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BP ships diesel from the U.S. to Australia in unusual move
July 13, 2017 / 8:53 AM / 3 months ago

BP ships diesel from the U.S. to Australia in unusual move

FILE PHOTO: A BP logo is seen at a petrol station in London, Britain, January 15, 2015. REUTERS/Luke MacGregor/File Photo

SINGAPORE (Reuters) - Oil major BP Plc is shipping diesel from the United States to Australia in an unusual shipping flow, several industry sources told Reuters on Thursday.

The Jupiter Express carrying about 35,000 tonnes of diesel loaded from BP’s Cherry Point, Washington refinery on June 29 and is currently headed to Botany Bay, New South Wales in Australia, shipping data on Thomson Reuters Eikon showed.

BP declined to comment.

Australia imports most of its diesel requirements from Singapore, South Korea and Japan but several refineries undergoing maintenance and prompt demand from India has tightened supply of the fuel in Asia, traders said.

“The decision was (likely) made due to far east premium strength, Singapore (cash premium) strength versus bringing a vessel down,” a trader with a North Asian refiner said.

The cash differential for diesel with 10-parts-per-million (ppm) sulfur, a grade imported by Australia, rose to a six-month high in early July, Reuters data showed.

BP last shipped diesel from the United States to Australia in December, a shipbroker said, though such cargo movements were unheard of before that.

United States usually ships most of its diesel exports to Europe than Asia due to cheaper freight rates, traders said.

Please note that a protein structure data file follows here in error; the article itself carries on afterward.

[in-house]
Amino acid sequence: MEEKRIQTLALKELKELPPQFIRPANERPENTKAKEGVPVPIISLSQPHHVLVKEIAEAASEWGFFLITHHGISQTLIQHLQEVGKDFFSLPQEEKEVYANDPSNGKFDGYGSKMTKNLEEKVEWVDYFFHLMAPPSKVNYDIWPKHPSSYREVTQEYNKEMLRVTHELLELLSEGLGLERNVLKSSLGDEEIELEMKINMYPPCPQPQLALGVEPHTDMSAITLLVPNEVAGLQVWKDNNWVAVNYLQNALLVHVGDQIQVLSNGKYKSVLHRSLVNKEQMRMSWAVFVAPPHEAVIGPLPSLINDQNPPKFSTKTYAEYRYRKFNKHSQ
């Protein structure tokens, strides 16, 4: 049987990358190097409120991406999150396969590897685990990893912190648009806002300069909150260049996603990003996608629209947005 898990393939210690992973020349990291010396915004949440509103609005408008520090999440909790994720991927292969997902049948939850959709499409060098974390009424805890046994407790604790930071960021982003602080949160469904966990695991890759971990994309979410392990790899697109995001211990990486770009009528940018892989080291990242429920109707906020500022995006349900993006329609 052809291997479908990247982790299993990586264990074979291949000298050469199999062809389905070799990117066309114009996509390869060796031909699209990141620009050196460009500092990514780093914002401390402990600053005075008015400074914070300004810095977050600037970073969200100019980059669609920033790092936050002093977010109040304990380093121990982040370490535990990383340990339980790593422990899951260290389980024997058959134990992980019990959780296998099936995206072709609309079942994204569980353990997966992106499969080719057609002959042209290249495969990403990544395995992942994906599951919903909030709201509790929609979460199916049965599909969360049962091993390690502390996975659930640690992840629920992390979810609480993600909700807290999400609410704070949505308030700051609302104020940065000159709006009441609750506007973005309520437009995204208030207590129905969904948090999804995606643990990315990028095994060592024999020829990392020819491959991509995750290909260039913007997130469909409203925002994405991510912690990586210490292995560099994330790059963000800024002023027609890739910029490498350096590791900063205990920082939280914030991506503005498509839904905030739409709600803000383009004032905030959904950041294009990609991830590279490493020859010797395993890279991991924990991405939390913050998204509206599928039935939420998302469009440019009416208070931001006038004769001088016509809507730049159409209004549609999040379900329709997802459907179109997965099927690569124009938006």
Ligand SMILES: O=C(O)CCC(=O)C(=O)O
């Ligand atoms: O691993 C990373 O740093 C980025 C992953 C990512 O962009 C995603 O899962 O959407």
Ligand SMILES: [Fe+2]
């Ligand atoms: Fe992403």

But a rise in Singapore cash premiums for diesel has attracted the unusual reverse arbitrage flow of diesel from Europe to Asia, they added.

BP has chartered the long-range Nan Lin Wan and Front Antares tankers for loading out of the Amsterdam-Rotterdam-Antwerp storage and refining hub in mid-July, headed to Asia, traders and shipbrokers said.

This could also be prompting the unusual flow of diesel cargo from the United States to Australia, the traders added.

“I think going forward, it’s going to be more and more common to see this kind of reverse flows as Asian demand for oil products like jet fuel and diesel is growing phenomenally,” a Singapore-based trader said.

But the unusual diesel imports could ease in the third quarter as refineries are expected to return from maintenance and as India’s imports of the fuel taper off due to the start of monsoon rains which typically reduce the need of the fuel in irrigation pumps.

Reporting by Jessica Jaganathan; Editing by Amrutha Gayathri

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